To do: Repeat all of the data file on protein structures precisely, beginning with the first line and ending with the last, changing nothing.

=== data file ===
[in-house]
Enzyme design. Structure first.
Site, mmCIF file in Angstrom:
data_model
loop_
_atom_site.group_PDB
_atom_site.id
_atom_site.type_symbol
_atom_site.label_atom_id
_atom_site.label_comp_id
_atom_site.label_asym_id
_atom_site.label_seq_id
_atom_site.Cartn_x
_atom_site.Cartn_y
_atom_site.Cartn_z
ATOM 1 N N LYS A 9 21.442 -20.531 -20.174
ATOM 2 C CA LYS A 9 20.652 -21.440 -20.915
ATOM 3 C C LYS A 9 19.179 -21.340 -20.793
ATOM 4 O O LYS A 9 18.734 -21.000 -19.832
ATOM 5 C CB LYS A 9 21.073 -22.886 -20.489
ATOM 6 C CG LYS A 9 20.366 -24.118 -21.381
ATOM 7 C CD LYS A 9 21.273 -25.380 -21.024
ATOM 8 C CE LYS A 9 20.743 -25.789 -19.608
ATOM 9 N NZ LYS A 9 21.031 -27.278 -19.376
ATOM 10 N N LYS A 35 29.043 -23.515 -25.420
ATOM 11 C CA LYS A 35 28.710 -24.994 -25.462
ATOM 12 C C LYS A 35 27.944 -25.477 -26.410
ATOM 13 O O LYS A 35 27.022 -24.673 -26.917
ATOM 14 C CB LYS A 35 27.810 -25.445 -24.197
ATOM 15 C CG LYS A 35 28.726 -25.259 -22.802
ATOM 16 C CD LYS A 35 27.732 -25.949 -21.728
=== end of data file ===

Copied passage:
[in-house]
Enzyme design. Structure first.
Site, mmCIF file in Angstrom:
data_model
loop_
_atom_site.group_PDB
_atom_site.id
_atom_site.type_symbol
_atom_site.label_atom_id
_atom_site.label_comp_id
_atom_site.label_asym_id
_atom_site.label_seq_id
_atom_site.Cartn_x
_atom_site.Cartn_y
_atom_site.Cartn_z
ATOM 1 N N LYS A 9 21.442 -20.531 -20.174
ATOM 2 C CA LYS A 9 20.652 -21.440 -20.915
ATOM 3 C C LYS A 9 19.179 -21.340 -20.793
ATOM 4 O O LYS A 9 18.734 -21.000 -19.832
ATOM 5 C CB LYS A 9 21.073 -22.886 -20.489
ATOM 6 C CG LYS A 9 20.366 -24.118 -21.381
ATOM 7 C CD LYS A 9 21.273 -25.380 -21.024
ATOM 8 C CE LYS A 9 20.743 -25.789 -19.608
ATOM 9 N NZ LYS A 9 21.031 -27.278 -19.376
ATOM 10 N N LYS A 35 29.043 -23.515 -25.420
ATOM 11 C CA LYS A 35 28.710 -24.994 -25.462
ATOM 12 C C LYS A 35 27.944 -25.477 -26.410
ATOM 13 O O LYS A 35 27.022 -24.673 -26.917
ATOM 14 C CB LYS A 35 27.810 -25.445 -24.197
ATOM 15 C CG LYS A 35 28.726 -25.259 -22.802
ATOM 16 C CD LYS A 35 27.732 -25.949 -21.728